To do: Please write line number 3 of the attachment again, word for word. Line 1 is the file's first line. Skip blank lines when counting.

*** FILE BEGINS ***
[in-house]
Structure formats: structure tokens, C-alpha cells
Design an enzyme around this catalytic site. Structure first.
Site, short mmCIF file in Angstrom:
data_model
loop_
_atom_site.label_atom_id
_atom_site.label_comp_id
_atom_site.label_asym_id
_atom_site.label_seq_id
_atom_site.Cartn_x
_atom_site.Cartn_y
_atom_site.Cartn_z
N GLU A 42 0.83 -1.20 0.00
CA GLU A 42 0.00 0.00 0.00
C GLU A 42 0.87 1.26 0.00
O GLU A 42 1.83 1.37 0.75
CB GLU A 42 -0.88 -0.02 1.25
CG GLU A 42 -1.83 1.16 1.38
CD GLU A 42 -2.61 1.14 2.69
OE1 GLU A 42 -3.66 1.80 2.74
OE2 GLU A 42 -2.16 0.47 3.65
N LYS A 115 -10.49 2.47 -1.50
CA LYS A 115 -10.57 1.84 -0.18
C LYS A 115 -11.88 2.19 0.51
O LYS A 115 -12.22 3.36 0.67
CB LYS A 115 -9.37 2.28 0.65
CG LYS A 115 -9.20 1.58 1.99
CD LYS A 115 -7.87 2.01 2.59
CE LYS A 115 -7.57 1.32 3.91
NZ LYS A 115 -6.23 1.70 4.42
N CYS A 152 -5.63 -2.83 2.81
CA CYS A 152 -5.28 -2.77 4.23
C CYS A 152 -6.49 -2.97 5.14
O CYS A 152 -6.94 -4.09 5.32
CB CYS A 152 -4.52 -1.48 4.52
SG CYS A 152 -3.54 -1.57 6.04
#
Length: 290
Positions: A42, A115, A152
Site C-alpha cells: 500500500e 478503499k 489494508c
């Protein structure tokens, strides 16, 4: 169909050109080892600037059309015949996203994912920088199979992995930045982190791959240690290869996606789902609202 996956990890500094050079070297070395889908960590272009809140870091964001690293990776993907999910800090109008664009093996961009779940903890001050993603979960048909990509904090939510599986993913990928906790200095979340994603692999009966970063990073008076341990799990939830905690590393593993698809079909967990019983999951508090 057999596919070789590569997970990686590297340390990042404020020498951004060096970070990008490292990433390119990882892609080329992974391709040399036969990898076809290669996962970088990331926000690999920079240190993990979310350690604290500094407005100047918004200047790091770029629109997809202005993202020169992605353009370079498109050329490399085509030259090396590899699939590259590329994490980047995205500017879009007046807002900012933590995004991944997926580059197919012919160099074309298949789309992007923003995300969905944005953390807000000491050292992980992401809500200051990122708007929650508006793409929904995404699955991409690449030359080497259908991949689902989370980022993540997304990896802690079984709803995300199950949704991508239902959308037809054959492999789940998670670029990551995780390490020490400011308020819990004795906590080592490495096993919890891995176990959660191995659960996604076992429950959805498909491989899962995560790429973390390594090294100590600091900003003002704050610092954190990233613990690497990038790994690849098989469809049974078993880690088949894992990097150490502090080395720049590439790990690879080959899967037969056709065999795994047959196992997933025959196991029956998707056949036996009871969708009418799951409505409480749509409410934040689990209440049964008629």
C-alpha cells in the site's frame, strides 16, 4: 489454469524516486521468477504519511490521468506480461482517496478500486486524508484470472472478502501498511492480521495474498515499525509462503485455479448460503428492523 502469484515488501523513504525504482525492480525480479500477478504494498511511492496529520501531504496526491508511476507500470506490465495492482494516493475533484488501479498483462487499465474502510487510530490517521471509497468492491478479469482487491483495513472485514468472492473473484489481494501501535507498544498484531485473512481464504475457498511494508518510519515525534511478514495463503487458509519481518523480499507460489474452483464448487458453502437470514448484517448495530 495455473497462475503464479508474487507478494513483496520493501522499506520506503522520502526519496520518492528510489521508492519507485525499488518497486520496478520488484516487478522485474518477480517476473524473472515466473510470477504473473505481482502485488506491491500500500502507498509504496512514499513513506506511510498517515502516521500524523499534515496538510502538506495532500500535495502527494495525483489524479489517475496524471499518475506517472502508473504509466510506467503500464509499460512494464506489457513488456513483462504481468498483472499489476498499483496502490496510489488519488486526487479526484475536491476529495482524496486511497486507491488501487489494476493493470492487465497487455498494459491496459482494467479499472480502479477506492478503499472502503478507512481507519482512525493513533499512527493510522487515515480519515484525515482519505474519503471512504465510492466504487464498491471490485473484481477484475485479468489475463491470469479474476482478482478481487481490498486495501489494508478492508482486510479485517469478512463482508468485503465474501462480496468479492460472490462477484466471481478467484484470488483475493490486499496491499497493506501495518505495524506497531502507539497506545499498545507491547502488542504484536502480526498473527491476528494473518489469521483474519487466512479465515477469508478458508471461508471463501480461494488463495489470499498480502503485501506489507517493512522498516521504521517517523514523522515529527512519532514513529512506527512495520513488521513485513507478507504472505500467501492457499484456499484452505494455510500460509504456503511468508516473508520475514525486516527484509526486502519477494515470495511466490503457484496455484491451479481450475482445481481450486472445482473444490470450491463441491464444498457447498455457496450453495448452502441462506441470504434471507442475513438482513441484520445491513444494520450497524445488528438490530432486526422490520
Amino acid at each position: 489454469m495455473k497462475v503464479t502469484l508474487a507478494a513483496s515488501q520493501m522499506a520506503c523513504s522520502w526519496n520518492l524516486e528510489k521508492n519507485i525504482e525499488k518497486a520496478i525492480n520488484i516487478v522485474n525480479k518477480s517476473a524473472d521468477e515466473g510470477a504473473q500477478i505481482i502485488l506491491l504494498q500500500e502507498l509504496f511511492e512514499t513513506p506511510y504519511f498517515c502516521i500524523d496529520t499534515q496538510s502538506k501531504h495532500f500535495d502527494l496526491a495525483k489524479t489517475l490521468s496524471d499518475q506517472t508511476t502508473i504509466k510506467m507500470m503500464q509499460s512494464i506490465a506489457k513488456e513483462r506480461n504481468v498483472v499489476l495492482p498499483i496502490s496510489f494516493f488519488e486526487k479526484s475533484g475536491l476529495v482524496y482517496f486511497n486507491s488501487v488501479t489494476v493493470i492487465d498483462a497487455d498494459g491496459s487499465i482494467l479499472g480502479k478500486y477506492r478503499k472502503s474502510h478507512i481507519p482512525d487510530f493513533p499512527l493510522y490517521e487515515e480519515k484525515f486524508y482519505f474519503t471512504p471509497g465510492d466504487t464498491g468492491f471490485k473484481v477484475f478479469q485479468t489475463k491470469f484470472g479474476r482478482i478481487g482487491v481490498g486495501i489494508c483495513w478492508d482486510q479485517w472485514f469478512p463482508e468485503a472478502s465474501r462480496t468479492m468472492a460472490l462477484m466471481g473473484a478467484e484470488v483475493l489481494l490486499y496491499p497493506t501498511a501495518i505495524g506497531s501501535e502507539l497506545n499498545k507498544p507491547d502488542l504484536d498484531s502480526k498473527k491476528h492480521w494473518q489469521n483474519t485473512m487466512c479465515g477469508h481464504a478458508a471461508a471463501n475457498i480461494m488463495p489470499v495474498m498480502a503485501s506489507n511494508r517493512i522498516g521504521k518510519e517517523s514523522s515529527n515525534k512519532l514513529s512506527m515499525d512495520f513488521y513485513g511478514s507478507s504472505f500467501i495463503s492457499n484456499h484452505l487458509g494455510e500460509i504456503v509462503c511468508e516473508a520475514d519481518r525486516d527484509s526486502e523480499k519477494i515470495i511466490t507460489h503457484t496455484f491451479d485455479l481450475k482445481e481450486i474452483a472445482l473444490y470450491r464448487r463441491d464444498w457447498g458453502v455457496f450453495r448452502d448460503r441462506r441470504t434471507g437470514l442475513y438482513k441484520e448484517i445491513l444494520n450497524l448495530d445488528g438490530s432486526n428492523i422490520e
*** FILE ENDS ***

Design an enzyme around this catalytic site. Structure first.